There’s more to life than the Upper East Side. Newark is the most convenient airport if you are on the West Side almost anywhere. You can sneak out of Manhattan through the Lincoln or the Holland without having to deal with crosstown traffic. The IND and IRT drop you right in Penn Station if you are going for train to Airtrain. Or JFK if you want to do train to Airtrain. Maybe LGA if you are on the Upper Upper West Side and can scoot across the Triboro in a cab or on the bus. But then you can scoot across the George Washington without dealing with cross town traffic too. And there is life outside of LGA’s perimeter too. It might be more convienent to hop in a cab on the Upper East Side and get a non stop to Seatle from Newark or JFK than it is to go to LGA and have to change planes somewhere in the Midwest.

                    • adirondacker12800 says:

                      The solution to the PABT’s woes is to move people off buses and onto trains instead. Not build more PABT and implement another XBL lane.

                    • Henry says:

                      @AG: Mercedes is locating to be close to their factories to be close to their factories, as you say. It wouldn’t make sense to operate a headquarters in New York for a manufacturing company that doesn’t manufacture here, and given that we have scarce land and deep demand for housing, using artificially cheap land to maintain a citywide industry policy (as we did prior to the 2000s) is not particularly wise. Also, in cases like those, freight connections are what matters, so you could also sink that half billion into moving the Cross-Harbor Freight tunnel or its associated studies along. An LGA AirTrain would not convince those people to move their business here, since an AirTrain wouldn’t be hauling cargo containers and LGA doesn’t handle much freight – that would require upgrading the tracks into and out of the Port of Newark and the infrastructure around Kennedy and EWR, which are also valid uses of half a billion dollars.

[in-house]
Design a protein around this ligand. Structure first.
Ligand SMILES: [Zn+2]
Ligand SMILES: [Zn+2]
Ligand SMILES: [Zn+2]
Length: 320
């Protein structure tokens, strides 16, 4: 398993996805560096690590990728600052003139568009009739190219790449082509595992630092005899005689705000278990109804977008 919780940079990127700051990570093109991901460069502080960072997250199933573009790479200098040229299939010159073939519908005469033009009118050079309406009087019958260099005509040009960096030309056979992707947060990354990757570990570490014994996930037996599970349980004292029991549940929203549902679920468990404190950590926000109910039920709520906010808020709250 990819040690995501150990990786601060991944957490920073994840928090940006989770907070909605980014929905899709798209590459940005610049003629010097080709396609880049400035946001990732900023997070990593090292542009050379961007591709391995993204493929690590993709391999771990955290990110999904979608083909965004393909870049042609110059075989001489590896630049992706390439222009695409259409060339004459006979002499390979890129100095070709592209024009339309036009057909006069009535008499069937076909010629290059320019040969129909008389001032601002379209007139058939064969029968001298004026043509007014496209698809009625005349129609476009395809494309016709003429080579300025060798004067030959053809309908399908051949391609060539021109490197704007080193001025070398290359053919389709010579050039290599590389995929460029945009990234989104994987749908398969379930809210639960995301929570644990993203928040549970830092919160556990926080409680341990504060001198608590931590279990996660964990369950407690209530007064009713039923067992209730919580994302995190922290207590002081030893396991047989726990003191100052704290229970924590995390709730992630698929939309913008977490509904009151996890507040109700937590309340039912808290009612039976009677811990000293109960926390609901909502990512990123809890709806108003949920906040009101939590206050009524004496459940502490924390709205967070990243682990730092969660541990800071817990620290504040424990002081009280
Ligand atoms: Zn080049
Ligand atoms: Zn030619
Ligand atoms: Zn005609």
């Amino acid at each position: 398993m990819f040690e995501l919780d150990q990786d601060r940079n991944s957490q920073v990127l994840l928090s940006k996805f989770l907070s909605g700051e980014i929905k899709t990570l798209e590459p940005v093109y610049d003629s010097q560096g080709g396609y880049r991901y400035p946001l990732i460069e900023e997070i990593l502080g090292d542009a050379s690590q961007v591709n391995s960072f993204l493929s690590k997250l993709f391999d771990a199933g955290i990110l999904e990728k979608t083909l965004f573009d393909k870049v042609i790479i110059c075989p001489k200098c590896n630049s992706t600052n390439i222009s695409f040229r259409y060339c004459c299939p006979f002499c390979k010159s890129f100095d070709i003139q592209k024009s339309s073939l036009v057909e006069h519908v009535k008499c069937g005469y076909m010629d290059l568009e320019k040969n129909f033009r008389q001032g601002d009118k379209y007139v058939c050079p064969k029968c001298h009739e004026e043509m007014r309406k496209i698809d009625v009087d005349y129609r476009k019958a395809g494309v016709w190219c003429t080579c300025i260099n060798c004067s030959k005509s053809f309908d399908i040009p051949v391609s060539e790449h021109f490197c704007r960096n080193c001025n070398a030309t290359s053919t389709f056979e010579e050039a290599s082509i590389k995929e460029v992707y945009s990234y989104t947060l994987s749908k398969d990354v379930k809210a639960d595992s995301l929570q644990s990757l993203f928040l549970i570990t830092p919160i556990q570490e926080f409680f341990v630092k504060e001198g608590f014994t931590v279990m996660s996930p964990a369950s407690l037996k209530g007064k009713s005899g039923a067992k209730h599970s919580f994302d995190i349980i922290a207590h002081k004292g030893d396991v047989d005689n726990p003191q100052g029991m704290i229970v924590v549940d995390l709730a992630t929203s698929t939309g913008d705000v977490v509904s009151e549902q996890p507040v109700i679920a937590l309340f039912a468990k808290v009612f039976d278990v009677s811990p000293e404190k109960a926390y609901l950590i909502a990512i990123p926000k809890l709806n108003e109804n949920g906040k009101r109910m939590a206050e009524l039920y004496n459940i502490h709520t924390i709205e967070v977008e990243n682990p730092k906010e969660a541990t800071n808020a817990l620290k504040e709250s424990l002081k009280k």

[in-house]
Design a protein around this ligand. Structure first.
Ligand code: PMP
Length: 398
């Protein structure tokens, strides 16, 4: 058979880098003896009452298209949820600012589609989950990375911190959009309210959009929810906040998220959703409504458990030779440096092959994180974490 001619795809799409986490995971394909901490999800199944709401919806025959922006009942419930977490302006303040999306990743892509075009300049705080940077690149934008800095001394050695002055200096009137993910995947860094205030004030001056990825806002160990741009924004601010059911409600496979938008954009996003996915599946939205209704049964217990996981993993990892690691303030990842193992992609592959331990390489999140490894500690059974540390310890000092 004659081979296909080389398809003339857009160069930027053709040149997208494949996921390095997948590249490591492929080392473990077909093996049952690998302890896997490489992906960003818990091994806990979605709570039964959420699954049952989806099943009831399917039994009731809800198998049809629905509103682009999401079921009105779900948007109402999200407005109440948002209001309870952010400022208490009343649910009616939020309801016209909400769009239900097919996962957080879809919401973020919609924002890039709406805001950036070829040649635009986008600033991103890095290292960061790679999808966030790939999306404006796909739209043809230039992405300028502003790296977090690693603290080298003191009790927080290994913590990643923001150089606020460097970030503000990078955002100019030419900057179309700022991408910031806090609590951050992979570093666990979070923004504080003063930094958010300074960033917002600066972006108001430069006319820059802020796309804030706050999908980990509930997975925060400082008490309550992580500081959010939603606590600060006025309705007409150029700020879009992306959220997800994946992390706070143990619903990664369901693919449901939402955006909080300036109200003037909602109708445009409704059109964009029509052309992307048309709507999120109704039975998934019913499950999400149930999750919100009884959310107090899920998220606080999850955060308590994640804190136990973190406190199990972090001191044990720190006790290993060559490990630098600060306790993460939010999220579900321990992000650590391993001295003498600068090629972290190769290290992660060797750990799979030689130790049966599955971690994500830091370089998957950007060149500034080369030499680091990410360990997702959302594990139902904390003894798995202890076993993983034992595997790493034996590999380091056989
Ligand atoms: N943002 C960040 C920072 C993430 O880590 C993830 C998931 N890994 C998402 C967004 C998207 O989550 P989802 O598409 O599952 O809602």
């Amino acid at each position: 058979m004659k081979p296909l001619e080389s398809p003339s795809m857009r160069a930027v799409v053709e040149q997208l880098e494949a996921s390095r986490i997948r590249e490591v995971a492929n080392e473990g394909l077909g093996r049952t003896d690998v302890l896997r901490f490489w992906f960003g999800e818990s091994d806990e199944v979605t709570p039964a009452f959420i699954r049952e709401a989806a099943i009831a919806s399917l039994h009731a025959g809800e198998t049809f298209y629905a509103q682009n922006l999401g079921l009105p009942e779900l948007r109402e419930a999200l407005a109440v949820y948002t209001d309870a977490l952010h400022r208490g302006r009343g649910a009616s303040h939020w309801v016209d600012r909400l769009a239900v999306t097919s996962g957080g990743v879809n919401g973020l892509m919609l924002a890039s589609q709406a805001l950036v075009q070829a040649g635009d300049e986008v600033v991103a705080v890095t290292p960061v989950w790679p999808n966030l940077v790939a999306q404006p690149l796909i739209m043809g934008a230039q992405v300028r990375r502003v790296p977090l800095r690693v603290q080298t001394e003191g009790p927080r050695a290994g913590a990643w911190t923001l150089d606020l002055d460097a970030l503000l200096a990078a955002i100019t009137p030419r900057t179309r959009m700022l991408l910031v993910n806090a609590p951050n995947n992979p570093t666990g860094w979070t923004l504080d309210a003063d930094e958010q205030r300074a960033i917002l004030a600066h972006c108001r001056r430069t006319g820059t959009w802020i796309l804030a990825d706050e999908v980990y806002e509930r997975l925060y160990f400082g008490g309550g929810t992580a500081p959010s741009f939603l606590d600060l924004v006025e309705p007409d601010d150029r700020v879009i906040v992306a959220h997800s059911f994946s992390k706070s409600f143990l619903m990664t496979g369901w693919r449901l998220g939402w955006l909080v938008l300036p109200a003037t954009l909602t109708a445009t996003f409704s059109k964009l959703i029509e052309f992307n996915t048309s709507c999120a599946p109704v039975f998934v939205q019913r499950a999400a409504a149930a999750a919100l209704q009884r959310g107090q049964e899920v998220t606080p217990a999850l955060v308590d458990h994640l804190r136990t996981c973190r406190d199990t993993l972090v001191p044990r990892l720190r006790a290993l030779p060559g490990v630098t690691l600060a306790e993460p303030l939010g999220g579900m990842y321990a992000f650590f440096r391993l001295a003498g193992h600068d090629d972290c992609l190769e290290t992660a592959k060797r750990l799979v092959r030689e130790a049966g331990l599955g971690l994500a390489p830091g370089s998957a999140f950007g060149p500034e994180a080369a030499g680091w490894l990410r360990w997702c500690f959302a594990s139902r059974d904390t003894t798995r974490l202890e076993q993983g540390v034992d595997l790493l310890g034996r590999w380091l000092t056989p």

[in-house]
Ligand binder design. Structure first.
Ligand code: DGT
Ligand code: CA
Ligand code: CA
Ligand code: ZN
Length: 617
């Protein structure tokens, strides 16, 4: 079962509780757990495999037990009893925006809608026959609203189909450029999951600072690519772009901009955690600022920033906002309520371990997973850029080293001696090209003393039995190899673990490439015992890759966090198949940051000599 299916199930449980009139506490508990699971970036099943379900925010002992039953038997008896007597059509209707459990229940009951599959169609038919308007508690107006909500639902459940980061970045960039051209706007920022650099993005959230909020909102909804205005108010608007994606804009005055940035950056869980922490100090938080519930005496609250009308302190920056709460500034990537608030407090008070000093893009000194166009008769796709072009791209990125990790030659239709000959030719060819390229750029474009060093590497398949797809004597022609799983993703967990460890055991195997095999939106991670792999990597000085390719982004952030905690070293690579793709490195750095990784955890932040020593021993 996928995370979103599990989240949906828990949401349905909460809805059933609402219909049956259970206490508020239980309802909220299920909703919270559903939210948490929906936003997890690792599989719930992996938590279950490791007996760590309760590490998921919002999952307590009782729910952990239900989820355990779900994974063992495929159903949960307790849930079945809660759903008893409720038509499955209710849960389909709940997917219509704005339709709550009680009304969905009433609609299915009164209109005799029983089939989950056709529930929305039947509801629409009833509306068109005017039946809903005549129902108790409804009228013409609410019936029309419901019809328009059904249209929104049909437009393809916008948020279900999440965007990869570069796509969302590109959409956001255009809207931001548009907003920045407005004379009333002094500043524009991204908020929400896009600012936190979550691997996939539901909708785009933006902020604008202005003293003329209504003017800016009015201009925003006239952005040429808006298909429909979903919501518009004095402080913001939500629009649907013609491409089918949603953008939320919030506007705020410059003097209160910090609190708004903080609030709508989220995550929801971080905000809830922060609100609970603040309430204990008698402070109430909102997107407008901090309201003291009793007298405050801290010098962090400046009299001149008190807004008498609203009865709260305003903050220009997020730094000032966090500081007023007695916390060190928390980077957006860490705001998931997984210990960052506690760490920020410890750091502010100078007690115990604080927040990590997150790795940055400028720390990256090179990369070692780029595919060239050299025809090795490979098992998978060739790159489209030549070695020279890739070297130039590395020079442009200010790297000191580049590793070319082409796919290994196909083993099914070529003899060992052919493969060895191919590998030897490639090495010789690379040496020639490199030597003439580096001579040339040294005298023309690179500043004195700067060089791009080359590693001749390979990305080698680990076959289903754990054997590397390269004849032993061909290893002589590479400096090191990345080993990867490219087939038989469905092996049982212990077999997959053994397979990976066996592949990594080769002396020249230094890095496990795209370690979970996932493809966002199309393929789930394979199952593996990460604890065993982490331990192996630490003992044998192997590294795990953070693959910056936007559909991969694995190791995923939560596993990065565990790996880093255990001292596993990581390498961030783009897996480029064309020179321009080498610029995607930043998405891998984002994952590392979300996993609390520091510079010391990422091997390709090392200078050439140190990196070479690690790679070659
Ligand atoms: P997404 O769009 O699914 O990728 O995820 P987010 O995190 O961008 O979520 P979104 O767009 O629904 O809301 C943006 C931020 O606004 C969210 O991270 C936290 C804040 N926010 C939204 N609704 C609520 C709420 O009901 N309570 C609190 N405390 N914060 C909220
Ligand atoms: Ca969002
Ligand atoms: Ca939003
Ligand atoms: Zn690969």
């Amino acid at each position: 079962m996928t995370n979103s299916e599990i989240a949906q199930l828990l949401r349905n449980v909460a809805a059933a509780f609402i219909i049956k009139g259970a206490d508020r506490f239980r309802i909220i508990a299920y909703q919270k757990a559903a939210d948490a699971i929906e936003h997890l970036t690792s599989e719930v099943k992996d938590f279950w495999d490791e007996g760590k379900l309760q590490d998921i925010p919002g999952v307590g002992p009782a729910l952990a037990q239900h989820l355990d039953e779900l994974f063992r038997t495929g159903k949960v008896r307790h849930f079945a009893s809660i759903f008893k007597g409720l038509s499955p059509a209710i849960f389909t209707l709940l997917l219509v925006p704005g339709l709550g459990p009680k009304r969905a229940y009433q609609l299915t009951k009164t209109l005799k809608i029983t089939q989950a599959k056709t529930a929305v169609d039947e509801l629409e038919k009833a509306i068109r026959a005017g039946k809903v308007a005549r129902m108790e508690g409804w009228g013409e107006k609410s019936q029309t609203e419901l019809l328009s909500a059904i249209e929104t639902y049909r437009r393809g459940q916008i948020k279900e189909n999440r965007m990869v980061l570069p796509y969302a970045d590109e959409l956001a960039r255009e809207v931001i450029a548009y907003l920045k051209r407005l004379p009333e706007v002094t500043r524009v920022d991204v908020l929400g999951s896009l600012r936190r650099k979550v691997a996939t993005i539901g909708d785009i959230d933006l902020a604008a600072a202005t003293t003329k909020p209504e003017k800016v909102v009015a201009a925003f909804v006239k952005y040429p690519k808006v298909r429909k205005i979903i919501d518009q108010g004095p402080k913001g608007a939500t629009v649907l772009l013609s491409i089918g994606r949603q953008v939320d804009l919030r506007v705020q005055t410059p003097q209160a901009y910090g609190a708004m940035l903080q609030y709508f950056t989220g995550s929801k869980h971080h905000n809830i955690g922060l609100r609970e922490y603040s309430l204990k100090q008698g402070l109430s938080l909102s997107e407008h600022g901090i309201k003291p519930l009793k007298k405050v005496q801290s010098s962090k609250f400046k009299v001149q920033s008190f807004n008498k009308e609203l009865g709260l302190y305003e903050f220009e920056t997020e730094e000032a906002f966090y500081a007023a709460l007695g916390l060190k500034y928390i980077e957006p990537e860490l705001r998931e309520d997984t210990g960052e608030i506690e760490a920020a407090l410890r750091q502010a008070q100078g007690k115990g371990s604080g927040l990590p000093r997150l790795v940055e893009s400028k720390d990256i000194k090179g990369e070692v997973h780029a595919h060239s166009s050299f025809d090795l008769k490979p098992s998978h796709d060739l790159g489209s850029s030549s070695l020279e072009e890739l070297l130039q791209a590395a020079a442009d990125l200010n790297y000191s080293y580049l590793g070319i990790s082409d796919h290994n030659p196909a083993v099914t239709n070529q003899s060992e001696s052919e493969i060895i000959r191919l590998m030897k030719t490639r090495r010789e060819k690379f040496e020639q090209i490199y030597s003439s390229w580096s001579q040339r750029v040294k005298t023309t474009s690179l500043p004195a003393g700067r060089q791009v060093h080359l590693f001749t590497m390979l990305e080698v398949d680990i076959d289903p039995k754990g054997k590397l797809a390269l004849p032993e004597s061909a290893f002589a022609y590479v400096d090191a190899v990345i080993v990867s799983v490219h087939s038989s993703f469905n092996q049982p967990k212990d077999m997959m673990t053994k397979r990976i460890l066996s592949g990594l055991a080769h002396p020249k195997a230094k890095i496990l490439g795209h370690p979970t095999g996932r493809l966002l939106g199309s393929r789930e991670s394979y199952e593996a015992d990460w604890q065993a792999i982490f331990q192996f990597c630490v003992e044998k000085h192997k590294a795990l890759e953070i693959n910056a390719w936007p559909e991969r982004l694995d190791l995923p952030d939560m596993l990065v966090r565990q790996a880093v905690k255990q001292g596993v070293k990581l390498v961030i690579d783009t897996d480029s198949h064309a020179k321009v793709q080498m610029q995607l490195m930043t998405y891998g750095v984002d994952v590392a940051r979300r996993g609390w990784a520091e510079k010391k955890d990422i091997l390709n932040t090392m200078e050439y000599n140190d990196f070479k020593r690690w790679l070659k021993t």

• AG says:

                      You’re really not getting it. You are so against the idea you skip over the fundamentals… Who said anything about LGA being able to convince Mercedes???? Mercedes USA was headquartered in Jersey for decades (mainly because it was right across the water from NYC)! I listed the reasons why it left New Jersey. I gave the example why they left and gave examples of how airport rail access affects business in places like Hong Kong and London – which are NY’s contemporaries on the world stage. That was also separate from the issue of cargo ports competing with each other. You must have missed it.